Australians Wasting More Food, Largely Due to Panic Buying and Food Delivery Services.

By AAP
November 29, 2020 Updated: November 30, 2020

Australians are wasting more food during the COVID-19 pandemic, largely thanks to panic buying and food delivery services.

The annual bill for the country’s wasteful food choices skyrocketed to $10.3 billion after the coronavirus reached our shores, according to Rabobank’s 2020 Food Waste Report.

That is an all-time annual high of $1,043 per household.

Before the pandemic, Australians were tracking towards $8.64 billion in food waste, costing the average household about $170 less.

“It’s to be expected that food waste has been de-prioritised by Australians during this stressful year when our attention has been focused on other urgent issues,” Rabobank’s Glenn Wealands said in a statement on Nov. 30.

“(But) the average household is now wasting nearly 13 percent of the groceries they buy and also spending more on food delivery and self-prepare food services.”

More than 2000 Australians were surveyed in March and again in September, with food waste increasing significantly over that period.

NSW, Queensland and Tasmania were the worst performers according to the report, with every other state reducing their waste compared to 2019.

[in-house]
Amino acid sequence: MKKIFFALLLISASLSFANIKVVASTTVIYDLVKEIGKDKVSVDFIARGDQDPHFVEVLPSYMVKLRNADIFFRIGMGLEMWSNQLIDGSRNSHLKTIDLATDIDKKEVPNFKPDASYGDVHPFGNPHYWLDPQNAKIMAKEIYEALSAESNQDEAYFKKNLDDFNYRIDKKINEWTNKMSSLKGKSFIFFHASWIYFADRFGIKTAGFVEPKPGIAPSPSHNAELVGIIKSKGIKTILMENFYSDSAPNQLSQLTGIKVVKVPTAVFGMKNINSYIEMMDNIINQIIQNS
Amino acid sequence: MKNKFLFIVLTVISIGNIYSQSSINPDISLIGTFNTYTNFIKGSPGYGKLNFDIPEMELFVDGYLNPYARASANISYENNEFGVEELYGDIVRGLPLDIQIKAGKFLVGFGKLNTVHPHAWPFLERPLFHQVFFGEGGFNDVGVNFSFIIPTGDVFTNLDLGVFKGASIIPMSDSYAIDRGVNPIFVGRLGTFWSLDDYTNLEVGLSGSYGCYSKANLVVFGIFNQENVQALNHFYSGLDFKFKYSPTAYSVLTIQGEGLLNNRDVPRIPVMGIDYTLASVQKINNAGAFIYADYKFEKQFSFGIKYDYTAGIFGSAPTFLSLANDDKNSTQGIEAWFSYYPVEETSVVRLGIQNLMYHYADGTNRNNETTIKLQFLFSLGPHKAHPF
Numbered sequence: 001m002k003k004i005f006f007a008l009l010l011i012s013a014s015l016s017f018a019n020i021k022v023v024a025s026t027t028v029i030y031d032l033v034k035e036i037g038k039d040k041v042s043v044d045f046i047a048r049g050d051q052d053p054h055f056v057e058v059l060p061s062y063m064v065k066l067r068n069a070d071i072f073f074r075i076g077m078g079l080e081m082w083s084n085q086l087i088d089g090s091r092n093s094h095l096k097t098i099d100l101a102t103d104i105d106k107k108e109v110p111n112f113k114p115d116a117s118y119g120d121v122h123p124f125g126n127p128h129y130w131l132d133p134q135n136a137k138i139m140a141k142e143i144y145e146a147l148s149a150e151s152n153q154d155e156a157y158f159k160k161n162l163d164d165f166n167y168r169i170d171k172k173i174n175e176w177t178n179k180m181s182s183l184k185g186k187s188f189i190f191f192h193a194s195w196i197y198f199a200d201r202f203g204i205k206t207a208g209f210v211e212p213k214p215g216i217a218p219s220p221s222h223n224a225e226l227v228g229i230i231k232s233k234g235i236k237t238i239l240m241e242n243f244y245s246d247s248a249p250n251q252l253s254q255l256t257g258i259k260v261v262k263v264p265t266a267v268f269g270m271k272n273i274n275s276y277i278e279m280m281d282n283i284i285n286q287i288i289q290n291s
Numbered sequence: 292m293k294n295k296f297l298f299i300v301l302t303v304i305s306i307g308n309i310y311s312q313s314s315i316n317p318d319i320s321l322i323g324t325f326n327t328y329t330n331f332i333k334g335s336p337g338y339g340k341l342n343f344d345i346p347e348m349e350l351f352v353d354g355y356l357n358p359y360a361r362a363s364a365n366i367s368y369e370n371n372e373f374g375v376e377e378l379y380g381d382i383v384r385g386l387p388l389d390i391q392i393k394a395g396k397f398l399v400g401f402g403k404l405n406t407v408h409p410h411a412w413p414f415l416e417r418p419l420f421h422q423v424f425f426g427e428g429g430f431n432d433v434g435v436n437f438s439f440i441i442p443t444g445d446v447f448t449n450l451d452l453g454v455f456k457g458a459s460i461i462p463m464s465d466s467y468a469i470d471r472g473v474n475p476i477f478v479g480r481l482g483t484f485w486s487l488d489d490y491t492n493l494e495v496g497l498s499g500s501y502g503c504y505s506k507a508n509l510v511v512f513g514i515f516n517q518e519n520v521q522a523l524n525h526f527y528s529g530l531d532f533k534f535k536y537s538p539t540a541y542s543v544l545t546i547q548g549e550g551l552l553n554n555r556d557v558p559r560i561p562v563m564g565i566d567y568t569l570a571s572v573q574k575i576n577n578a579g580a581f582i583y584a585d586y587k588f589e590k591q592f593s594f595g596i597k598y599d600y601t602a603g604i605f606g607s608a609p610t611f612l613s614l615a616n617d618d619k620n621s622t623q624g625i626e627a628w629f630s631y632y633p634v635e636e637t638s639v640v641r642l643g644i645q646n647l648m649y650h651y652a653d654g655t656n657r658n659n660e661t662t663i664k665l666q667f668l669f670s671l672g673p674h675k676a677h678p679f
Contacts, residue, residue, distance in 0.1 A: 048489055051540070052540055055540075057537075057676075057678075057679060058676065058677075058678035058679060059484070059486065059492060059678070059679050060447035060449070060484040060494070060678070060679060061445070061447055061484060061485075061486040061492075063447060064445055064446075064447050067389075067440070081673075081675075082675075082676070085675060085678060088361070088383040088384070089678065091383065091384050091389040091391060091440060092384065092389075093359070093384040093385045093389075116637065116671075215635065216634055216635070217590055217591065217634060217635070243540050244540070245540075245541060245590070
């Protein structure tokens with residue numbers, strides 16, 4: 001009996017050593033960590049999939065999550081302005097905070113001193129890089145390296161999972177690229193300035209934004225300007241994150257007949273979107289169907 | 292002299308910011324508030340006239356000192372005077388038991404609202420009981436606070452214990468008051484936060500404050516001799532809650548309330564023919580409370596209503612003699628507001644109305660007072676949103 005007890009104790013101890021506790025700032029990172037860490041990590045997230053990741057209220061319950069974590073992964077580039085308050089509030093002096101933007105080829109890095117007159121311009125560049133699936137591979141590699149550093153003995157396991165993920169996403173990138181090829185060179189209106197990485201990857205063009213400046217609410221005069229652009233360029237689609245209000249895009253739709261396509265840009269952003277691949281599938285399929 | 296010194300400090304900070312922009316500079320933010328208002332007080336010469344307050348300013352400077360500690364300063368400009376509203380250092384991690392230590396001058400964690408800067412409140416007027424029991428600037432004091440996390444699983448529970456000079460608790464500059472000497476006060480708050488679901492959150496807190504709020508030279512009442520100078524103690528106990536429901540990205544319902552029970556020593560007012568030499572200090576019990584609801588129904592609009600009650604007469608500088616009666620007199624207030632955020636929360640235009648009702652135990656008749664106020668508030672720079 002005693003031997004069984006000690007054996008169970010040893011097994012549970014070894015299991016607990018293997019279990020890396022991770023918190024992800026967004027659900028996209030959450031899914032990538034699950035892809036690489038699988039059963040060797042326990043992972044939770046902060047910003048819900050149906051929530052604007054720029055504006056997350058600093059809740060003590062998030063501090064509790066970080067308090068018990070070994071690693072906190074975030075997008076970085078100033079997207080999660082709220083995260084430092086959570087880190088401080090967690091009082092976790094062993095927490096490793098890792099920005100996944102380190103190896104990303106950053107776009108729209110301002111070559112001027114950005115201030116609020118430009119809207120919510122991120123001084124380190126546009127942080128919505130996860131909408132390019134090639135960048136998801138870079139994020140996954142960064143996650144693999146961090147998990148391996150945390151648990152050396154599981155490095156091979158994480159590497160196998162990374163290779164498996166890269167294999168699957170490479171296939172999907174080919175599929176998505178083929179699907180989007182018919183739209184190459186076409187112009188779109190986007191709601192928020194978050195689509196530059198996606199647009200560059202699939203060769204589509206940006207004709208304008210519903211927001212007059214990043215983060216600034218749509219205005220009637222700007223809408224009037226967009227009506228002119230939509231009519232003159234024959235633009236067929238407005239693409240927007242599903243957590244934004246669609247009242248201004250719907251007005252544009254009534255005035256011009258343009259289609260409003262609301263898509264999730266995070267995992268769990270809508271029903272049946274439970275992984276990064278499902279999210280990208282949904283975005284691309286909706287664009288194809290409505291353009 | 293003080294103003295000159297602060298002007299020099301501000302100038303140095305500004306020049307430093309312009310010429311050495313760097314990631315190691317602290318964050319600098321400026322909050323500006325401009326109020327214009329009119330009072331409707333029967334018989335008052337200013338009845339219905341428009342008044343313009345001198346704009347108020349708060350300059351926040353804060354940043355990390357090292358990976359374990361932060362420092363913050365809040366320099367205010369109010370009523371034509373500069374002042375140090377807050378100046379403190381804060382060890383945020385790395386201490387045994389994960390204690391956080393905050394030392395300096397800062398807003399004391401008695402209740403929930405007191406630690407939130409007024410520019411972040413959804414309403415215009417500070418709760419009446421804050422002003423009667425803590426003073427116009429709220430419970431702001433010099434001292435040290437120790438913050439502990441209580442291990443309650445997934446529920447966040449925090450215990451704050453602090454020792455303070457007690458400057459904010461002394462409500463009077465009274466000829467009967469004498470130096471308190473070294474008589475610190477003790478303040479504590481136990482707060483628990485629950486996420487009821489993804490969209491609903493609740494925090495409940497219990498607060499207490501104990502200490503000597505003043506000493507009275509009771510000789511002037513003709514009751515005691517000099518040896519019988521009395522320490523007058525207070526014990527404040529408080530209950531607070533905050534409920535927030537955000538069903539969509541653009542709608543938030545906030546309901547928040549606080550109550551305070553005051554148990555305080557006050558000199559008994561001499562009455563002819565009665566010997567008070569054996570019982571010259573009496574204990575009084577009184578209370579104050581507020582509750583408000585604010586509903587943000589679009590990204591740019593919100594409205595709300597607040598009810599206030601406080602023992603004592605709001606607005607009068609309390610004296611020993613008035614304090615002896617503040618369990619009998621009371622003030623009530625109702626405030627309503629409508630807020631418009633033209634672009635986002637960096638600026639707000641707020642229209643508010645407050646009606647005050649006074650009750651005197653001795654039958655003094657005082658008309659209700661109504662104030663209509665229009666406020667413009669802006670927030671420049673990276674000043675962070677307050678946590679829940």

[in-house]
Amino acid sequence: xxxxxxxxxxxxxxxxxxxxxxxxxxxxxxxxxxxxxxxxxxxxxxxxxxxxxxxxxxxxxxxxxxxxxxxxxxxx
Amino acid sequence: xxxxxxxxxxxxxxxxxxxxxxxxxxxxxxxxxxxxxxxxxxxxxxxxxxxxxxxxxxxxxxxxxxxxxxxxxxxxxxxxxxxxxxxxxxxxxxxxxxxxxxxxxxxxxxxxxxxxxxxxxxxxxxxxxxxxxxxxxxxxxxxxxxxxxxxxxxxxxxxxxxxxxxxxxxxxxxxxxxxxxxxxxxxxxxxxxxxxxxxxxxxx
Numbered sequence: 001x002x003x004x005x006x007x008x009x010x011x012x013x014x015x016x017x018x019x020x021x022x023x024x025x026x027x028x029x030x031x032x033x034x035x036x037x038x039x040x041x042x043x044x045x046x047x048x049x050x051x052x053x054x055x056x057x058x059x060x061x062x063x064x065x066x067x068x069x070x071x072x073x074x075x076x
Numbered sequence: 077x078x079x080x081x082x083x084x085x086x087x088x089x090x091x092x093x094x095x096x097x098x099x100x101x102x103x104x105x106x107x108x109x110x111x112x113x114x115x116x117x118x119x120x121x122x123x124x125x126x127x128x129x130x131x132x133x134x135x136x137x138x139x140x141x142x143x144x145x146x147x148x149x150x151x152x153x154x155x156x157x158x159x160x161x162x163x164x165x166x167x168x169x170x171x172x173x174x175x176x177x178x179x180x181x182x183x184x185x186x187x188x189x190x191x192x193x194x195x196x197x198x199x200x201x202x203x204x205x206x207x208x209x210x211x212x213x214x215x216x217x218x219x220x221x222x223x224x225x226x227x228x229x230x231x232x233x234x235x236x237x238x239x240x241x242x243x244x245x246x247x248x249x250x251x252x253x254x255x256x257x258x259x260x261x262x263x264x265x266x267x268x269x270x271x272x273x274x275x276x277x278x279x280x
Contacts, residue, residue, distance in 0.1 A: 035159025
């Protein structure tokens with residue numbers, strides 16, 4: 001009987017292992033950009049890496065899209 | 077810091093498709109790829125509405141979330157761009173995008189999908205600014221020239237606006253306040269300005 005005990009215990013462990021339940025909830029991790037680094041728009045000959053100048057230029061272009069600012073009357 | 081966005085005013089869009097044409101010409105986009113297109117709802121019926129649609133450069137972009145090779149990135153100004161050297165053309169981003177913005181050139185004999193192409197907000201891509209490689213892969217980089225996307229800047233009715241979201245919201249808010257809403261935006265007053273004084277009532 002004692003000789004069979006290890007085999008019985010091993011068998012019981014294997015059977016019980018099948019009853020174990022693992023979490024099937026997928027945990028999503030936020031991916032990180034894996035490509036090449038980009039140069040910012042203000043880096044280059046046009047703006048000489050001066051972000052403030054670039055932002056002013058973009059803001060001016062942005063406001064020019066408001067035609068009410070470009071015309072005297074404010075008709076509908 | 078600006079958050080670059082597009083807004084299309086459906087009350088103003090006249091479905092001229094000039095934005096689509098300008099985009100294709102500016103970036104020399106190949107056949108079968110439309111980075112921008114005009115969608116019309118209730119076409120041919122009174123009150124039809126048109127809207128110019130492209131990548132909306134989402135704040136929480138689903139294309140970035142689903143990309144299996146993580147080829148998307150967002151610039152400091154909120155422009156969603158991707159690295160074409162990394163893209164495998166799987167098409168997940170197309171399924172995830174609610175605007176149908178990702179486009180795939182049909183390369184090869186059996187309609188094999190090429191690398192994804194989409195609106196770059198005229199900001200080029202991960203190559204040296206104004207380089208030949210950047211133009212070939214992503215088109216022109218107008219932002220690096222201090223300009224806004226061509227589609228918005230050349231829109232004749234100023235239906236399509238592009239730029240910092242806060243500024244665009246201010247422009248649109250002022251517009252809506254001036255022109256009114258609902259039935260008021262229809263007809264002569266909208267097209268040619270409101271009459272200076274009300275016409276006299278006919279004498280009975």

NSW performed the worst, with 14 percent of food being thrown out, an increase of 2.7 percent on early 2020.

Almost half of the survey respondents said their food waste had increased because they had spent more time cooking, while 37 percent said they had been experimenting with recipes.

“We’ve also seen almost 10 percent of households increasing their spend on food to stockpile items in case supply ran out during lockdown,” Wealands said.

An increase in the number of people using food delivery services also drove increased waste, the report found.

More than 60 percent of those surveyed used delivery services, with more than a third of those people admitting they ordered food at least once a week.

Australians have also increasingly turned to self-prepare meal-kit services, with patronage up eight percent to 36 percent.

Those most likely to use food delivery or meal kit services waste over double the amount of food than those who don’t, the survey found.

“Be mindful that unless you’re using these services wisely it’s bad for your wallet and bad for reducing food waste,” Wealands said.

Wealands said Australians could reduce their waste by using excess food in their pantry and freezer, making a weekly meal plan and factoring in a night off for takeaway each week.

By Tiffanie Turnbull in Sydney